Winged Euonymus Pull
October 20, 2020
On Saturday October 17, a socially-distanced team led by Rebecca Longvall tackled the problem of out-of-control winged euonymus plants at the Lime Kiln. Bob Roemer was the primary organiser, but on the day Bob was indisposed and Rebecca took charge. Other workers were Hemali Parekh, Naomi Martin, Richard Caisse, Anna Caisse, and Gordon Taylor.
Winged euonymus has been a very popular plant for private gardens, but like many other “imports” it has started to take over from native New England plants. It is also known as “burning bush” because of its spectacular color in the Fall. Its red berries can be carried by birds and knocked off by passers. It spreads very quickly and can grow to be quite large. In order to reduce the spread, its important to remove the roots of existing plants while being careful to avoid spreading the berries.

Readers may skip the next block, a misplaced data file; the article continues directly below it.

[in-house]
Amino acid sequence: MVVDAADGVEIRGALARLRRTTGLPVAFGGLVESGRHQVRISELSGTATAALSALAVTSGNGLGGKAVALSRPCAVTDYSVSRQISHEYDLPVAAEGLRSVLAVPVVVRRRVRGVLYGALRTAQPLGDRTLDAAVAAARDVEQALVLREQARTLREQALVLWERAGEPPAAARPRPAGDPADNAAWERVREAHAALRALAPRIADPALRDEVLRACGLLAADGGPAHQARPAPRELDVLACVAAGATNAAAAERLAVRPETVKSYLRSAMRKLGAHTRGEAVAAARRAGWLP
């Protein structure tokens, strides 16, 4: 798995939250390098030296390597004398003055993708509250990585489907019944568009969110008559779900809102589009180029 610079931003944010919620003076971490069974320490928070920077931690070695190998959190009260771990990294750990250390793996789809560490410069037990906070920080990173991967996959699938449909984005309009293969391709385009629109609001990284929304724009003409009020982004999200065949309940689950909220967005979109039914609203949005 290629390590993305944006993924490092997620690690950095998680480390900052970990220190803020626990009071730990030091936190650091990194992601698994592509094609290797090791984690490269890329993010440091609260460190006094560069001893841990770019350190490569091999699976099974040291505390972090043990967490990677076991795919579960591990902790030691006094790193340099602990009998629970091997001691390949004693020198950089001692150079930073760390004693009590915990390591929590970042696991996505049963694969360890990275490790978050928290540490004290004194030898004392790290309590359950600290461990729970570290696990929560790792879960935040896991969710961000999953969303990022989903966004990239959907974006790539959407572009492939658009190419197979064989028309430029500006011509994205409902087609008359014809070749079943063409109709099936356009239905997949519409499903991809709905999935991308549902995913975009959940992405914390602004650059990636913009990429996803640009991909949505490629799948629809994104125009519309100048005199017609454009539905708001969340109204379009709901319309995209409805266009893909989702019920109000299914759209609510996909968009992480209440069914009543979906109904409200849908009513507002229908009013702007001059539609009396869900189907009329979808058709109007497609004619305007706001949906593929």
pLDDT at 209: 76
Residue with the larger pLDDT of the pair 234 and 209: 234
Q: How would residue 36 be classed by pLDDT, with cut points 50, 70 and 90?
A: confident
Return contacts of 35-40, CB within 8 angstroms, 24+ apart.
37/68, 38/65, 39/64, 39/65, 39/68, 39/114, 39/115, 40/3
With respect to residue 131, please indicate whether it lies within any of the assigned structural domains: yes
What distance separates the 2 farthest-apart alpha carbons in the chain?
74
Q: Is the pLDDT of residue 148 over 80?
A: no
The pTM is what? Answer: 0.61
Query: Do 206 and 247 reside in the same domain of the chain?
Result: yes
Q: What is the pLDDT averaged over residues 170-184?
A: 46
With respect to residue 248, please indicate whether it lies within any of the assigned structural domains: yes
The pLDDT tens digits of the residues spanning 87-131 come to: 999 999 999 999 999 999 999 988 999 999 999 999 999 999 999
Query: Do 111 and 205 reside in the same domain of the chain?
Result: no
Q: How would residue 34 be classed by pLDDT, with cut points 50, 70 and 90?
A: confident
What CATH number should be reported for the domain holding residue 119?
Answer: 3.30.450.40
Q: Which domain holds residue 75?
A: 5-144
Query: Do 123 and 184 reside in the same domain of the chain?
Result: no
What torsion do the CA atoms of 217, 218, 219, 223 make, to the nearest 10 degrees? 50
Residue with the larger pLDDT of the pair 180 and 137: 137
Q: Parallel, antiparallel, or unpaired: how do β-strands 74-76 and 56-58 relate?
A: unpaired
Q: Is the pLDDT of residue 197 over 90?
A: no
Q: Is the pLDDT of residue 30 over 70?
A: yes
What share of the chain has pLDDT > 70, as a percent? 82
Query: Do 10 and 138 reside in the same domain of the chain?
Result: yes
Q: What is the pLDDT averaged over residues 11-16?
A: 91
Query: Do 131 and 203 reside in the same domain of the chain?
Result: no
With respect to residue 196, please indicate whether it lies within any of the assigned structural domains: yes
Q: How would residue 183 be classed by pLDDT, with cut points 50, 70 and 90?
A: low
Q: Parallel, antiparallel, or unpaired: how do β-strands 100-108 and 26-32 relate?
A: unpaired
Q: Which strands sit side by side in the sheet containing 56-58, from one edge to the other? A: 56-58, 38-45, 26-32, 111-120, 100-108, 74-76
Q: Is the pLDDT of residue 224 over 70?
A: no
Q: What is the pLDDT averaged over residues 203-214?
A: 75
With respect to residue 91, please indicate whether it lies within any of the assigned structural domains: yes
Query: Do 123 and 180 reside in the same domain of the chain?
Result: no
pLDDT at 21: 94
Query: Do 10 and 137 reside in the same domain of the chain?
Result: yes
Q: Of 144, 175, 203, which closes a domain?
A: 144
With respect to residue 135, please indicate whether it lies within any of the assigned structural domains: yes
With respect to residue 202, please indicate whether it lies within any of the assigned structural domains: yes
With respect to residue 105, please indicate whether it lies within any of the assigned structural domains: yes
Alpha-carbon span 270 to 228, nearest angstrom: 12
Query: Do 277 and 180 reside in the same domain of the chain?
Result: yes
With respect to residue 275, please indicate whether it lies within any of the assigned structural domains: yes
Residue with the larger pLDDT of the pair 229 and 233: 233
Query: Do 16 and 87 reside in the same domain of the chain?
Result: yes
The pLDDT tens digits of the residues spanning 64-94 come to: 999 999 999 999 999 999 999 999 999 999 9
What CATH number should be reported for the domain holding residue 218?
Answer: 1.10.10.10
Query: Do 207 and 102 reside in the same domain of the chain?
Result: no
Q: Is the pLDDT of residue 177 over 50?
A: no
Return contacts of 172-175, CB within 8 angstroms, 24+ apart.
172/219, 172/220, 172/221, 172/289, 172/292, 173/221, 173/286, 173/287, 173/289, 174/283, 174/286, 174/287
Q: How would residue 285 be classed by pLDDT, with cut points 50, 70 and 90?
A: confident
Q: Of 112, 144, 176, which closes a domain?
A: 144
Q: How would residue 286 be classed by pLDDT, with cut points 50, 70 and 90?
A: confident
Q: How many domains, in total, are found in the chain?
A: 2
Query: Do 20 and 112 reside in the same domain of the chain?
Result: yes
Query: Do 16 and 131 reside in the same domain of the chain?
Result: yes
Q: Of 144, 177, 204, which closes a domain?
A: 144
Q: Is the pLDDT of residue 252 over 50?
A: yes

There were about six volunteers that met at Bob Roemer’s workshop at 9:00 and. Bob had acquired three weed-wrenches for the day and the volunteers arrived equipped with tools of their own including loppers and shovels. The weather had been very wet that morning, but it cleared up just in time for the project. The team focussed on plants close to the trail at the top of the Lime Kiln.
Roots were pulled up by hand when possible, but in many cases the plants had become very large and the weed wrenches were extremely useful. The upper parts of the plants separated from the roots and left to break down in the woods. The roots were collected for disposal by burning.